Saturday, June 02, 2007

Hole In The Head 2007 - Day 4 (Preview)

SFIndieFest's 2007 [Another] Hole In The Head continues at the Roxie in San Francisco. I've been fortunate enough this year to have access to previews of nearly the entire festival (since I'm in Atlanta, now), and I'll be posting 'previews' two days in advance of each day's screenings. Woo hoo!

Day 4, Monday, June 4 has a triple feature, in which "The Thirst" (YAWN) is bookended by a pair of truly unique and exciting features from Japan.

I sort of wish that "ID" (Ido) (dir. Kei Fujiwara, Japan, 2005, 104 mins.) was running as the late feature, as it does have the potential of creating its own cult as well as driving audiences away. I was completely awestruck by the nightmarish and hideous visuals that Kei Fujiwara created! The cinematography is grainy and the lighting is as harsh as a mid-80's underground film. The performances appeared to be devoted to the project and plot. I guess. The only thing I understood about the plot is what I took away from the program notes. Without that preparation, I can see where this might be something of an ordeal to get through, as there is so little to anchor one's aesthetic sense against the apparent random vileness of the imagery. However, after reading other reviews (yes, I had to do some research after THIS one and seems to have a good grasp), the dream imagery and symbolism were completely lost on me. As glued to the screen as I was, I don't know if I could see it again to explore the symbols. As much as I 'enjoyed' this, I can only recommend it with a warning.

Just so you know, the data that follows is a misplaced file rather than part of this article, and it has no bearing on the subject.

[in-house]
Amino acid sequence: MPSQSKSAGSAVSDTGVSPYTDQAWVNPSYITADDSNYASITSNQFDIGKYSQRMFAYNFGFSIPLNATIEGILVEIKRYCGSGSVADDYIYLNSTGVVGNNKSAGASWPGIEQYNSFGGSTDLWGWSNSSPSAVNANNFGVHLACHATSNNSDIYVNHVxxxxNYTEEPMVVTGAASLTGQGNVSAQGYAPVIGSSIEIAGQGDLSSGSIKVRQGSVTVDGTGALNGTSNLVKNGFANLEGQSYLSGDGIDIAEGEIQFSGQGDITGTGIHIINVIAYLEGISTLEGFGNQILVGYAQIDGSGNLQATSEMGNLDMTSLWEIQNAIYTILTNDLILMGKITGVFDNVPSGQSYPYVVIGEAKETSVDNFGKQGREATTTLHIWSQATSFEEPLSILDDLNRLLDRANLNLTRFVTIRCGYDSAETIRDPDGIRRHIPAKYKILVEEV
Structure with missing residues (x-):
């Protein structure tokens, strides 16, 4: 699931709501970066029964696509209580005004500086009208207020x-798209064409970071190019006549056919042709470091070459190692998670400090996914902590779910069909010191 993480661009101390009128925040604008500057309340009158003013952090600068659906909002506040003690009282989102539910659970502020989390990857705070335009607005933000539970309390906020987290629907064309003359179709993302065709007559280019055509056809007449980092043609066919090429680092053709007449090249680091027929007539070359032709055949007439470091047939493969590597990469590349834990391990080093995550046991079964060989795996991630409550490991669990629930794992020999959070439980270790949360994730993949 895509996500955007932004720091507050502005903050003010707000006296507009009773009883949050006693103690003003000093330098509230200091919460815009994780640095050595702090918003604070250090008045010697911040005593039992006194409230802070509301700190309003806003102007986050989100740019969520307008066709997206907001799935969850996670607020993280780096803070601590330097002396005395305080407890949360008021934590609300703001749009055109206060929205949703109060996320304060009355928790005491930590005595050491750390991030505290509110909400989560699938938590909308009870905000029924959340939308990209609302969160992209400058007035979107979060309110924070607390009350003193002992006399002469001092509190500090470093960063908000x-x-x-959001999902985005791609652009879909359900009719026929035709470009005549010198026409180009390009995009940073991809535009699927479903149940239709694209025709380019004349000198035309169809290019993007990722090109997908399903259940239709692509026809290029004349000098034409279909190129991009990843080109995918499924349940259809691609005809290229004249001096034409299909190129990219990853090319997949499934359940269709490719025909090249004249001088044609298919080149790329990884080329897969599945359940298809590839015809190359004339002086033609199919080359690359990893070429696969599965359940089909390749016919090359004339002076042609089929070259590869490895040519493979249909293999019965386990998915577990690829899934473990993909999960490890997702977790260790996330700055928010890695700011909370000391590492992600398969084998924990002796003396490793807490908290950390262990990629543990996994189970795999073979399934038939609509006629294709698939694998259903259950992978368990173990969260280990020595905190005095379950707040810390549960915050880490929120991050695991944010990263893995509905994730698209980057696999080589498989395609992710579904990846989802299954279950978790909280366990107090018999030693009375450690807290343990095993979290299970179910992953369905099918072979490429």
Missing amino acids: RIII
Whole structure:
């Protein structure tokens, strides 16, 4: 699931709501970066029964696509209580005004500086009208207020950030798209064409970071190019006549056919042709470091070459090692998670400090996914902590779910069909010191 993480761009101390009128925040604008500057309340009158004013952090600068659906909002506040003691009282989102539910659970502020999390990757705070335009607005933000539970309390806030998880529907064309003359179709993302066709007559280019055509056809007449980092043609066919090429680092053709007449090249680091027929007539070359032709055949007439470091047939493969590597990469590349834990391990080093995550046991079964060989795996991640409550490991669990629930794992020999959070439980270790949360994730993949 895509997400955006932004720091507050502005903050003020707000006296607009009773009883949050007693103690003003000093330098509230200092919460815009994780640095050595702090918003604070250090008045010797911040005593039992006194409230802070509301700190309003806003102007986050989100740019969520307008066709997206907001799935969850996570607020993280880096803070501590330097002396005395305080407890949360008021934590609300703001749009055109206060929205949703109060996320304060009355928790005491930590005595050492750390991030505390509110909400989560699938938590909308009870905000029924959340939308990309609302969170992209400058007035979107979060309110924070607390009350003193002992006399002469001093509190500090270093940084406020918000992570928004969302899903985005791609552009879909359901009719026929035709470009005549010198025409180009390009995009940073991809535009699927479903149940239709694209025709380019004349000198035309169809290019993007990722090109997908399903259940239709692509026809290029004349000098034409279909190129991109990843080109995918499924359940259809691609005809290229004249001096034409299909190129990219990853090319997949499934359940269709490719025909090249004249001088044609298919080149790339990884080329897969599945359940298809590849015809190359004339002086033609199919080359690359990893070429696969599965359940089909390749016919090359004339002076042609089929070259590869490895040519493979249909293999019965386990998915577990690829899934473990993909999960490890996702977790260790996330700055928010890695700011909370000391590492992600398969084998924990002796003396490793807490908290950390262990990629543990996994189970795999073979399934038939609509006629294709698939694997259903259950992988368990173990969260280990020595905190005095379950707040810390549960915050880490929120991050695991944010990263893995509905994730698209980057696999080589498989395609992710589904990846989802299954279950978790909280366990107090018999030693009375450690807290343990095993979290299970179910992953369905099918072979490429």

"Hazard" (dir. Sion Sono, Japan, 2006, 103 mins.) on the other hand, I unequivocally recommend without reservations! Though I am not exactly sure how it fits within this festival, it is a breath of fresh air (particularly after the double feature preceding it)! The story of three Asian misfits in New York City and their bonding via crime, is directed with such a great sense of energy by Sion Sono, that even the rough hand-held cinematography didn't bother me (as it can sometimes...). The trio have such great chemistry, with each other as well as with the camera, I was reminded of Fellini's "I Vitelloni" at one point. I know that sounds like a reach (or even an attempt at film snobbery), but "Hazard" transcends 'Asian horror' as some might expect at 'Hole in the Head' and is a great piece of international cinema. I am not familiar with any of Sono's other work, but I hope to be!

Maxxxxx says
re "Id": "Shhhhhhit!"
re "Hazard": "Wanna come out?"

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